Jonathan Culler. Jonathan Culler (born 1944) is a Professor of English at Cornell University; his published works are in the fields of structuralism, literary theory and criticism.
Background and career Culler attended Harvard for his undergraduate studies, where he received a Bachelor of Arts in history and literature in 1966. After receiving a Rhodes scholarship, he attended St. John's College, Oxford University, where he earned a B. Phil in comparative literature (1968) and a D.Phil in modern languages (1972). His thesis for the B. Culler was Fellow in French and Director of Studies in Modern Languages at Selwyn College, Cambridge University, from 1969–1974, and Fellow of Brasenose College, Oxford and University Lecturer in French from 1974-77. He was Visiting Professor of French and Comparative Literature at Yale University in 1975. Currently, he is Class of 1916 Professor of English and Comparative Literature at Cornell University. Children's literature. A mother reads to her children, depicted by Jessie Willcox Smith in a cover illustration of a volume of fairy tales written in the mid to late 19th century.
Children's literature or juvenile literature includes stories, books, magazines, and poems that are enjoyed by children. Modern children's literature is classified in two different ways: genre or the intended age of the reader. Children's literature can be traced to stories and songs, part of a wider oral tradition, that adults shared with children before publishing existed. The development of early children's literature, before printing was invented, is difficult to trace. Even after printing became widespread, many classic "children's" tales were originally created for adults and later adapted for a younger audience. Introduction History Antiquity and the Middle Ages Iliad, Book VIII, lines 245–53, Greek manuscript, late 5th, early 6th centuries AD. Early-modern Europe Literary genre. The most general genres in literature are (in loose chronological order) epic, tragedy, comedy, and creative nonfiction.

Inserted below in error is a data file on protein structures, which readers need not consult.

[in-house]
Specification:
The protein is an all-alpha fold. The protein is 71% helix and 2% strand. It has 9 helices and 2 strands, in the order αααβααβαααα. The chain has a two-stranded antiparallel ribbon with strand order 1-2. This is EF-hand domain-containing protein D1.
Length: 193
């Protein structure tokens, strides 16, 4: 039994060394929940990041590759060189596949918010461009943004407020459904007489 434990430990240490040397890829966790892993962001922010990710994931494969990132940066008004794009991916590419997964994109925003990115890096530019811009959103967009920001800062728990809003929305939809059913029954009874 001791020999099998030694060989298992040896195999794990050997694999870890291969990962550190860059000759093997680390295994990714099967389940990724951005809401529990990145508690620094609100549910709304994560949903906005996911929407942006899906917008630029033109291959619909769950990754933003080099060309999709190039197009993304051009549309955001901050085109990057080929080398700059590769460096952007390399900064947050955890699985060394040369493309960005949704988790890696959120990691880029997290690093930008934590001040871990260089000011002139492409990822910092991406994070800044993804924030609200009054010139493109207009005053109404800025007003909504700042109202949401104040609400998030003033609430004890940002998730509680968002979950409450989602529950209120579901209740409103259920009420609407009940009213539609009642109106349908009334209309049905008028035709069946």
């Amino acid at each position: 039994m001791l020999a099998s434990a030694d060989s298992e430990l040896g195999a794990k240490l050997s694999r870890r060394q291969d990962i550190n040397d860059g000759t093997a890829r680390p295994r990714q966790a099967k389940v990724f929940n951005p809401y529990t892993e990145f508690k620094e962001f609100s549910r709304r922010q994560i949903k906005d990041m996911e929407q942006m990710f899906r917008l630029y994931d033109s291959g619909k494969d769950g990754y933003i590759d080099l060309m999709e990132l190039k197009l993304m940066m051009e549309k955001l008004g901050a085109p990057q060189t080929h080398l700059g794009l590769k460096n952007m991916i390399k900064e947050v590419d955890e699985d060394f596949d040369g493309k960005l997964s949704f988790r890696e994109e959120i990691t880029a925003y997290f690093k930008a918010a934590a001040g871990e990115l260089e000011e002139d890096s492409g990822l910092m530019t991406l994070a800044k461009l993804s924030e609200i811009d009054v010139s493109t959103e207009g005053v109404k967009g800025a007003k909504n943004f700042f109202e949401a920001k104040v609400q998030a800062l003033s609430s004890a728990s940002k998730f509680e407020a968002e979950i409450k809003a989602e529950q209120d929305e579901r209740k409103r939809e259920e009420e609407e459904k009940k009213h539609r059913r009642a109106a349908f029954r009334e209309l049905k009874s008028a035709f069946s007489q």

They can all be in the form of prose or poetry. Additionally, a genre such as satire, allegory or pastoral might appear in any of the above, not only as a sub-genre (see below), but as a mixture of genres. Finally, they are defined by the general cultural movement of the historical period in which they were composed. Genre should not be confused with age categories, by which literature may be classified as either adult, young-adult, or children's. They also must not be confused with format, such as graphic novel or picture book. The concept of "genre" has been criticized by Jacques Derrida. Genres Just as in painting, there are different types: the landscape, the still life, the portrait; there are different types of literary works. Genres are often divided into sub-genres.
Notes References Bakhtin, Mikhail M. (1983). Why students need literary competence « MIND THE GAP. The effective reader should master certain skills and strategies which allow him to convert the words on the page of a literary work into literary meanings.
He knows certain conventions about how a literary text should be read and understood. Literary competence includes a number of skills and sub-skills which the teacher should identify in order to plan his lessons and to offer his students clear procedures and techniques for dealing with literary texts.  The literary skills high school students would mostly benefit from are: 1. The ability to recognize and decode: 2. Although the meta-language to which the above-mentioned terms belong seems to be quite difficult for our students, the literary terminology provides them with tools for identifying, interpreting and appreciating the value of the distinctive features in a literary text.
Another argument in favour of learning and using literary terminology is a more pragmatic one – the students are expected to be familiar with it in exams. Reader-response criticism: from formalism to post-structuralism - Google Kitaplar.